Changing the style of beans you use is often a better way to get a stronger cup of coffee than altering the grind level. Generally speaking, the darker the roast level, the bolder the flavor. French, Italian, and Espresso roasts are ideal for those who like strong coffee.
If you do decide to tweak the grind level, keep your adjustments subtle. You might be surprised how much the grind level (and flavor of the brew) changes when you move just one setting up on your grinder.
Professional burr grinders can have up to a dozen fineness settings, sometimes with even more granular micro-adjustment settings in between them. These can be divided into 4 main categories when you’re pairing the grind level to a brewing or grinding method: Coarse, medium, fine, and extra-fine.
Grind size is closely related to brew time. The less time the water spends in contact with the grounds, the finer the grind should be to allow for an even extraction.
Some brewing methods are more flexible in this regard than others. A few fine particles won’t ruin your French press brew, for example, but coarse particles will ruin an espresso shot.
With that in mind, here are the 4 major grind categories, which grinders they use, and what brewing methods they’re ideal for.
Grinding methods: Any
Brewing methods: Cold brew, French press, percolator, cowboy coffee
In immersion brewing methods, the water is in contact with the coffee for the entire length of the brew. This brew time can be as short as 5 minutes for French press, or as long as 12 hours for cold brewing.
A coarse grind is also easier to filter out of the coffee after brewing, keeping you from having grit in your cup. More precise grinding methods will yield a cleaner cup.
Grinding methods: Burr grinder, blade grinder, food processor, meat tenderizer, rolling pin
Brewing methods: Drip, pour-over, Chemex, AeroPress, siphon/vacuum
The medium grind is the most versatile, both in terms of which brewing methods use it and how you can achieve it. Drip and siphon brewing don’t require as much grind consistency as Chemex or pour-over and are among the most forgiving brewing methods when it comes to the grind level.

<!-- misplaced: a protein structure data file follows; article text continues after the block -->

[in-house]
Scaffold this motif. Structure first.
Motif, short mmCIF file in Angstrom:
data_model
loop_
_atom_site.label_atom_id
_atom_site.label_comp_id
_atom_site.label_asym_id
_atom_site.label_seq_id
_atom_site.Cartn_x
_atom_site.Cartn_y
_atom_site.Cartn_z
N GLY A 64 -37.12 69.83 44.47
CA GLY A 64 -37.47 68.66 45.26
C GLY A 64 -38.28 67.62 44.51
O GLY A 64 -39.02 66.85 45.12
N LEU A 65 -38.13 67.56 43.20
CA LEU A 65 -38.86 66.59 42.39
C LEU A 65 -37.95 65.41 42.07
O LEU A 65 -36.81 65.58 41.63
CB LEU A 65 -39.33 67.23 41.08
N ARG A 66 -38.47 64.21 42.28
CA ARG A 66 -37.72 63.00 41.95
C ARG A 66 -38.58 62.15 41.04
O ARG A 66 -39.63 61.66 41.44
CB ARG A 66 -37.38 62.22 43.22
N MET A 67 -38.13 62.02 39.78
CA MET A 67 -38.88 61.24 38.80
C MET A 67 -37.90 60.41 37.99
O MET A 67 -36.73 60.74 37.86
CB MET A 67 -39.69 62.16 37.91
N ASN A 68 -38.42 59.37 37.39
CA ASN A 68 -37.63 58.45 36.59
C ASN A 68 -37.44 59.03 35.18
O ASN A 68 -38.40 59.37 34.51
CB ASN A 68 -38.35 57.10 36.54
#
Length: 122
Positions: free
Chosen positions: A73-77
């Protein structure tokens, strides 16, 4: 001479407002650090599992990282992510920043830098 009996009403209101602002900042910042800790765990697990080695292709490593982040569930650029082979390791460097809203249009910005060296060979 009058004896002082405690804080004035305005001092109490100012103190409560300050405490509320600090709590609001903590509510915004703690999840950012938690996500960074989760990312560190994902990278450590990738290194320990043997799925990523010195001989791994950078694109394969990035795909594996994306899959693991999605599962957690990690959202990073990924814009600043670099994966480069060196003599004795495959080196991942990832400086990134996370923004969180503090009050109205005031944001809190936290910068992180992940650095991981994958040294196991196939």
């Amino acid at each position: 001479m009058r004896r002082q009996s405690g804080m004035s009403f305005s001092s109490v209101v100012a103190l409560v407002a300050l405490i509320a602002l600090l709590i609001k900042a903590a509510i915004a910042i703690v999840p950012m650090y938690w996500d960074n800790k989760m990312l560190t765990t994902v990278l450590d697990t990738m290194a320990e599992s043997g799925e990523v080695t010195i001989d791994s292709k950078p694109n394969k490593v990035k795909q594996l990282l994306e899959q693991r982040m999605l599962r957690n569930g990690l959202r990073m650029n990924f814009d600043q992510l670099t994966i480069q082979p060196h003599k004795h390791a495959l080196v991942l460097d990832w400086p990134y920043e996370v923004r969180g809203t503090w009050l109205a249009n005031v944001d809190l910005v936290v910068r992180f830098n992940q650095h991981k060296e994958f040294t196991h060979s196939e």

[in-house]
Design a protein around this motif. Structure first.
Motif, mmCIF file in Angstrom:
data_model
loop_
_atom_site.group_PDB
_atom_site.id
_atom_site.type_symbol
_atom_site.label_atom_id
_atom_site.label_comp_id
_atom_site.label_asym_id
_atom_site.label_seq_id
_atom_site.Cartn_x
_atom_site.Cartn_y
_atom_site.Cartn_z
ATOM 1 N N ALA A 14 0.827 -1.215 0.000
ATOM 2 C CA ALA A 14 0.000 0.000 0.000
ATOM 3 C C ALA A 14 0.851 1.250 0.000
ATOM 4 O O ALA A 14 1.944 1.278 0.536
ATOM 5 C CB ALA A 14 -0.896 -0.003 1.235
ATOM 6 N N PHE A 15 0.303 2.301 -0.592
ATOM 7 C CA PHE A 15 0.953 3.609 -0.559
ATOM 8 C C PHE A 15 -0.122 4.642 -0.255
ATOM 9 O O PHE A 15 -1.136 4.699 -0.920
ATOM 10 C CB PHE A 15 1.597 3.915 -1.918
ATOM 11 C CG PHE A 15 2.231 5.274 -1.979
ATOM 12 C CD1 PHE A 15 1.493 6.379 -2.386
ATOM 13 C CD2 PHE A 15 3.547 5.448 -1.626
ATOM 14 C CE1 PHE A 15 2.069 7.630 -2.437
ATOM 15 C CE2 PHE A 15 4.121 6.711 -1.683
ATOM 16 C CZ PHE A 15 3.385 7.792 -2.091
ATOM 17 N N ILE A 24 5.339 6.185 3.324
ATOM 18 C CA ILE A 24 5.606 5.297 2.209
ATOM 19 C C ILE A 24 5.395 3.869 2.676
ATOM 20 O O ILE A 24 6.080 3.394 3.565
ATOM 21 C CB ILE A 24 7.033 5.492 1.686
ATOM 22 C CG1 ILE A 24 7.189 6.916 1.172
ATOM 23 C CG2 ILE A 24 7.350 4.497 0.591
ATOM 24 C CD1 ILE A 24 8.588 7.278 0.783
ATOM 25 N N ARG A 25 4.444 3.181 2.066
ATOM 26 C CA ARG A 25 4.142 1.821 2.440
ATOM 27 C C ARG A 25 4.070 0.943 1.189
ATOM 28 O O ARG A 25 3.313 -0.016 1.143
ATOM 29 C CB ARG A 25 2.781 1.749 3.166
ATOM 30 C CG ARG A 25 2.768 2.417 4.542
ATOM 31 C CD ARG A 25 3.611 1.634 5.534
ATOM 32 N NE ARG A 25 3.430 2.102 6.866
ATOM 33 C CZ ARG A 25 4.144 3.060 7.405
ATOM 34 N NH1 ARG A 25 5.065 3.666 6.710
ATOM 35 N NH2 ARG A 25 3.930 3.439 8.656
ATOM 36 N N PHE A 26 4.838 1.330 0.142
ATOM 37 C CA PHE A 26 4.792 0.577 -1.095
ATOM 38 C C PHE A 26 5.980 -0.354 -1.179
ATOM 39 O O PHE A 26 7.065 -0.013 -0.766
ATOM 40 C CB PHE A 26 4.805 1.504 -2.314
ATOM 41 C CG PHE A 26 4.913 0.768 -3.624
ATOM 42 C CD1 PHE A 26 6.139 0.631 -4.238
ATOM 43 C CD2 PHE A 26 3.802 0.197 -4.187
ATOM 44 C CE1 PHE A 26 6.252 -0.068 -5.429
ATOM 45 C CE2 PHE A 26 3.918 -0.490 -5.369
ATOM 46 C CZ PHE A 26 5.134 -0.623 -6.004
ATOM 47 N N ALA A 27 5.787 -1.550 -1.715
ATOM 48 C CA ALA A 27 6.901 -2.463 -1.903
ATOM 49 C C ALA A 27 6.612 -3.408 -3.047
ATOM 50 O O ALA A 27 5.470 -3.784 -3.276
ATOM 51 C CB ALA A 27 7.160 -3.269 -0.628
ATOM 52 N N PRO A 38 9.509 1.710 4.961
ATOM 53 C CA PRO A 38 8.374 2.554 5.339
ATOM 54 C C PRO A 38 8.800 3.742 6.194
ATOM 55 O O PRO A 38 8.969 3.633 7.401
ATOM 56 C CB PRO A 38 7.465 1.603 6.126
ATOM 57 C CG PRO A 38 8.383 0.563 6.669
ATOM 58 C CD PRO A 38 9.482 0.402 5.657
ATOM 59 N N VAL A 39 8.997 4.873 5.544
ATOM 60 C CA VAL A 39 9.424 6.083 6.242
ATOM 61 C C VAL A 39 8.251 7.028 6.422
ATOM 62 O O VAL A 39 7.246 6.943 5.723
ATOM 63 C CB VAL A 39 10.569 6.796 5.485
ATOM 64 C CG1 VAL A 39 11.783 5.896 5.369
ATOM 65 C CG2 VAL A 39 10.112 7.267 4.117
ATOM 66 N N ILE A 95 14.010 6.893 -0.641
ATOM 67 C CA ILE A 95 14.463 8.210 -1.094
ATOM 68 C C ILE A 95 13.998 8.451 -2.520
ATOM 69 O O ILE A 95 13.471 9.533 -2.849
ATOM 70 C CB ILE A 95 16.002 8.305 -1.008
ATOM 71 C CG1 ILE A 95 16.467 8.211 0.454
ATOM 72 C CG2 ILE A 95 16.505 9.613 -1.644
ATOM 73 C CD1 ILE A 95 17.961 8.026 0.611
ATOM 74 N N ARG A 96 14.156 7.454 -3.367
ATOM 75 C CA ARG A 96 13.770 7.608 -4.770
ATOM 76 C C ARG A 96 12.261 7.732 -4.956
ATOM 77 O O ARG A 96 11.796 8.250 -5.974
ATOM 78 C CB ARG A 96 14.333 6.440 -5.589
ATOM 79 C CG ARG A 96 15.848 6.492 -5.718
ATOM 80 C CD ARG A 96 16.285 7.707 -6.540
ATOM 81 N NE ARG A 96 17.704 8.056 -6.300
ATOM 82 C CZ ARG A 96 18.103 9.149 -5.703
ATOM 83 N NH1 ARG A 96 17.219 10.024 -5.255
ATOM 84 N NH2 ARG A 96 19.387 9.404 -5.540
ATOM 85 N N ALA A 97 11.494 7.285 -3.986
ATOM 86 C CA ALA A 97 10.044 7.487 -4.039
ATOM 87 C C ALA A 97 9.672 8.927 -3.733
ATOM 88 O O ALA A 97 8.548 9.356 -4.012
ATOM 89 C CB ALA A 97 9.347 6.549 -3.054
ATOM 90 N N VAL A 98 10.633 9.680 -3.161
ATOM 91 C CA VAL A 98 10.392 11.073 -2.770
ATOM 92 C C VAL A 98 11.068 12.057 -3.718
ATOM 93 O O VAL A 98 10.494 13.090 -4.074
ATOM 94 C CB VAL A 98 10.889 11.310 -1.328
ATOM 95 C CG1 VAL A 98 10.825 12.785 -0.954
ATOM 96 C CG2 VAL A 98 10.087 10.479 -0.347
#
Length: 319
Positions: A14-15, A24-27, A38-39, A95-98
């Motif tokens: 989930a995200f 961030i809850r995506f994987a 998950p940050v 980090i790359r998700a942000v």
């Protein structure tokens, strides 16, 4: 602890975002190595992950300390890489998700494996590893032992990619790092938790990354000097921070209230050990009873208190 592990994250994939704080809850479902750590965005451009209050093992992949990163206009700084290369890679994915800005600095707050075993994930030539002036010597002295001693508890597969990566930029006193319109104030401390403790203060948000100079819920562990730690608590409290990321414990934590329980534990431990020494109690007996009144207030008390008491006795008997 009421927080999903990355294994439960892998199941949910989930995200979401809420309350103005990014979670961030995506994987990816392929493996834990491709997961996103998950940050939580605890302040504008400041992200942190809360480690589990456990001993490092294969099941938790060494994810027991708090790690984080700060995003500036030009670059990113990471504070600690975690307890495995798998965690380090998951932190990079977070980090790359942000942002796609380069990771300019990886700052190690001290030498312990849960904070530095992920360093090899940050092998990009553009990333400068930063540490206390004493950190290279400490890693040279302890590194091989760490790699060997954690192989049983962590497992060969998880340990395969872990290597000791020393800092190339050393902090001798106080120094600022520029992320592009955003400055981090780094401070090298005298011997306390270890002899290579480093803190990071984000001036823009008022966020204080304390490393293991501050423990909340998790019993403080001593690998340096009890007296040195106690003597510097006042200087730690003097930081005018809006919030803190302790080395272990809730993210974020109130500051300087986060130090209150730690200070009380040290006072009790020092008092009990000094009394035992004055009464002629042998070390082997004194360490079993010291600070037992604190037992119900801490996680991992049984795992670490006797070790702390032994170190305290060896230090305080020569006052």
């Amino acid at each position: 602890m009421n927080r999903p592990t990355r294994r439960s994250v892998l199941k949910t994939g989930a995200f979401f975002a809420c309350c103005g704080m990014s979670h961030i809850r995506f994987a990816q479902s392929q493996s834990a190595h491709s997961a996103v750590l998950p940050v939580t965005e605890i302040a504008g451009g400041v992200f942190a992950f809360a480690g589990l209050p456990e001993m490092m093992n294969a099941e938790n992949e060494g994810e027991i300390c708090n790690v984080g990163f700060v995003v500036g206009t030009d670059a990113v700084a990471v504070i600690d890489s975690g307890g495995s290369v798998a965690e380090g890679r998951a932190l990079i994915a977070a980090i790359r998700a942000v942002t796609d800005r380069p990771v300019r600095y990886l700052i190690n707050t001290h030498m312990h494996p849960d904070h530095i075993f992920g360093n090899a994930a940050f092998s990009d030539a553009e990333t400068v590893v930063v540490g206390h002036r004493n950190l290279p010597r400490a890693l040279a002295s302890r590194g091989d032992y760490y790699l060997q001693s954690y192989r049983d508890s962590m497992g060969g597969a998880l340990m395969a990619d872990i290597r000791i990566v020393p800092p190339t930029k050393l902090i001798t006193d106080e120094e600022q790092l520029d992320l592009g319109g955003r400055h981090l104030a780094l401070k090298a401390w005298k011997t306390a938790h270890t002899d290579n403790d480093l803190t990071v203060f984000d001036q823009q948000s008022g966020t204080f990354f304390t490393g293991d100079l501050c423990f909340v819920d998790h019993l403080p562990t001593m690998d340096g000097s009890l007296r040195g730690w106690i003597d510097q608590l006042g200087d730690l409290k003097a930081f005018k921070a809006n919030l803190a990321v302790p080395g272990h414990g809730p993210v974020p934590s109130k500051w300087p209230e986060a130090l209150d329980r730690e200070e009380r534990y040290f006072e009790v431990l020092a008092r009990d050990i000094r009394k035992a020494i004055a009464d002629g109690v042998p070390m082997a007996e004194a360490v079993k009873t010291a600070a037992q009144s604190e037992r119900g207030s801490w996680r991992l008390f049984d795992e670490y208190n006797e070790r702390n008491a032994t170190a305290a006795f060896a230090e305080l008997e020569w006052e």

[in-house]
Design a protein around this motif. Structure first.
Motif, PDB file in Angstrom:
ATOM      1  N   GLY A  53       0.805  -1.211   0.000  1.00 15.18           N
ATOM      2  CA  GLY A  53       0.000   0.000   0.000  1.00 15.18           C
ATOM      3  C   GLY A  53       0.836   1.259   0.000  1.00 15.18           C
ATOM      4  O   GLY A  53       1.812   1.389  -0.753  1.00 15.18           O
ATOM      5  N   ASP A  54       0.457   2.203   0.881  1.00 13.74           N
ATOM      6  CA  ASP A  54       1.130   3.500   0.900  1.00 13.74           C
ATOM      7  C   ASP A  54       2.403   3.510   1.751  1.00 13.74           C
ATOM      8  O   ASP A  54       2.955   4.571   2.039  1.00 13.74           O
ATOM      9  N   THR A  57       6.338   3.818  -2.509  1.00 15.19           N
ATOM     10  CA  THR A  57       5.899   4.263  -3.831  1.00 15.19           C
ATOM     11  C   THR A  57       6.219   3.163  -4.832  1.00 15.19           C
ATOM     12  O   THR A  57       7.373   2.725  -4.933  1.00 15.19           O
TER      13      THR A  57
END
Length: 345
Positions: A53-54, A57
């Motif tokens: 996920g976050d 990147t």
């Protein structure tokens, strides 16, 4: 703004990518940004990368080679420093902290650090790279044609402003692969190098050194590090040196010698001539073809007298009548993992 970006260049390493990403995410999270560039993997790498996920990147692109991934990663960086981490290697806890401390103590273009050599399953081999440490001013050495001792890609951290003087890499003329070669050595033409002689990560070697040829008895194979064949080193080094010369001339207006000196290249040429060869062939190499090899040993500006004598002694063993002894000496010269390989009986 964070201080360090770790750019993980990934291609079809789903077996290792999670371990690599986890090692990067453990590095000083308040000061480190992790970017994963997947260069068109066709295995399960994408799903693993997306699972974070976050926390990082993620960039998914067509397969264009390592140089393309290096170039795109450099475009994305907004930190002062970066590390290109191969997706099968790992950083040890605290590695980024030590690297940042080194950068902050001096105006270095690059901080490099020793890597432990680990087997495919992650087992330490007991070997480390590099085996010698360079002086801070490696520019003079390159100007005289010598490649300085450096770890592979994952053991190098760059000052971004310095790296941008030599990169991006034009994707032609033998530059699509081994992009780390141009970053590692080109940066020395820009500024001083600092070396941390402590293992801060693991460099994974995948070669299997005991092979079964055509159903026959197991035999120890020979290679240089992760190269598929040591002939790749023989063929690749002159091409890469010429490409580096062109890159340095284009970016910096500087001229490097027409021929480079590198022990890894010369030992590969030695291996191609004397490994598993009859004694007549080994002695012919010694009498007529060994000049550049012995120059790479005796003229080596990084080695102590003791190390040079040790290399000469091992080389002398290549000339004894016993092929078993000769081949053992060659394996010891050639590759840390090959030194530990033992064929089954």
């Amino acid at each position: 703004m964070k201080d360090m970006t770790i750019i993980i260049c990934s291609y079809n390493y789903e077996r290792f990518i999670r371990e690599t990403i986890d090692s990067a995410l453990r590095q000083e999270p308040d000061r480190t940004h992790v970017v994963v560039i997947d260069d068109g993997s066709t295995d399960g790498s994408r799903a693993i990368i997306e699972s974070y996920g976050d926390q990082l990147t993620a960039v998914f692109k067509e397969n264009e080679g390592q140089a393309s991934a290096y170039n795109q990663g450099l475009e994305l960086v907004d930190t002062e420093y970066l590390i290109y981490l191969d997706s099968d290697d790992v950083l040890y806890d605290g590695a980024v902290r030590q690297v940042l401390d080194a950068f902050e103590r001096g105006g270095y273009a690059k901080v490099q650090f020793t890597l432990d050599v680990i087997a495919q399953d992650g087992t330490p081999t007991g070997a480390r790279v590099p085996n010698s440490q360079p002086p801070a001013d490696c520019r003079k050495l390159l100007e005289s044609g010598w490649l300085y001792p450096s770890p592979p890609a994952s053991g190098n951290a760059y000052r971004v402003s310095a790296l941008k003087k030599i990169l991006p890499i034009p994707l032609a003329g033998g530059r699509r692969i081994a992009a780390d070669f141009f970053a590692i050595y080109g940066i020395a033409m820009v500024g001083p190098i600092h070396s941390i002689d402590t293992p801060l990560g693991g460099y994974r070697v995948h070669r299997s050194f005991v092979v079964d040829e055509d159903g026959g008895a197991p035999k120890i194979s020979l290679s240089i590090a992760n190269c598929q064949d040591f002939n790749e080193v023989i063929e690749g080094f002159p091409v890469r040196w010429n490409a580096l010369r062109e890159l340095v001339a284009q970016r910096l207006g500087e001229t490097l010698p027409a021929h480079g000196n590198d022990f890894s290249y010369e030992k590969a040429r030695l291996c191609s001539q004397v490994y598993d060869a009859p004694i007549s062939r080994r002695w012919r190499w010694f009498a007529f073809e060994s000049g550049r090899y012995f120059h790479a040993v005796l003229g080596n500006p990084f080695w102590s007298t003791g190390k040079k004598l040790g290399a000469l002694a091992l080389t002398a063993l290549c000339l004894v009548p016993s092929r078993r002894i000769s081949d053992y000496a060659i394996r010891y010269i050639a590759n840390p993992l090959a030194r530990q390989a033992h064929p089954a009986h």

Filter style is a factor here. Cone-shaped filters used in drip machines or pour-over drippers tend to do best with a grind on the finer end of the medium range. Flat-bottomed filters do better with a true medium grind. The grind for AeroPress can range from medium-coarse to fine depending on how you utilize it.
Grinding methods: Burr grinder, mortar and pestle, pepper mill
Brewing methods: Espresso, Moka pot
Particles in fine ground coffee should be roughly the same size as grains of table salt. You can use the “fine” setting on an all-purpose coffee grinder for stovetop espresso, Moka pots, and hand-held manual espresso makers.
For full-sized espresso makers, a dedicated espresso grinder is the best tool, allowing you more precise control. These grinders operate only within the medium-fine to extra-fine range and have more micro-adjustment levels than other grinding methods.
Grinding methods: Burr grinder, mortar and pestle
Brewing methods: Turkish
On some grinders, this setting is labeled “Turkish” after the brewing method it’s used for. Coffee ground extra-fine has the consistency of baby powder and is too fine even for espresso brewing. Aside from a high-end burr grinder, a mortar and pestle is the only way to get this consistency. You’ll find it’s even missing from some home coffee grinders—not a huge oversight, since this is a fairly niche brewing method.
There are plenty of options for grinding coffee beans, even beyond the ones we’ve mentioned here. The main thing you need to decide is how much precision you need in your grind.
Which brewing method you use is the main factor here. If you’ve invested in an espresso machine or want to brew authentic Turkish coffee, you’ll also need to get your hands on a high-quality grinder. More flexible brewing methods can accommodate beans ground in a food processor (or even crushed under a frying pan).
The bottom line is, you don’t need fancy equipment to enjoy fresh, delicious coffee. Whether you’re in your home kitchen or sitting by the campfire, these alternate grinding methods mean you’ll always have a way to go from whole beans to tasty brew.
9 Easy Ways to Grind Coffee Beans Without a Grinder
Specialty Coffee Association Coffee Standards
Coffee Grind Size for Every Brewing Method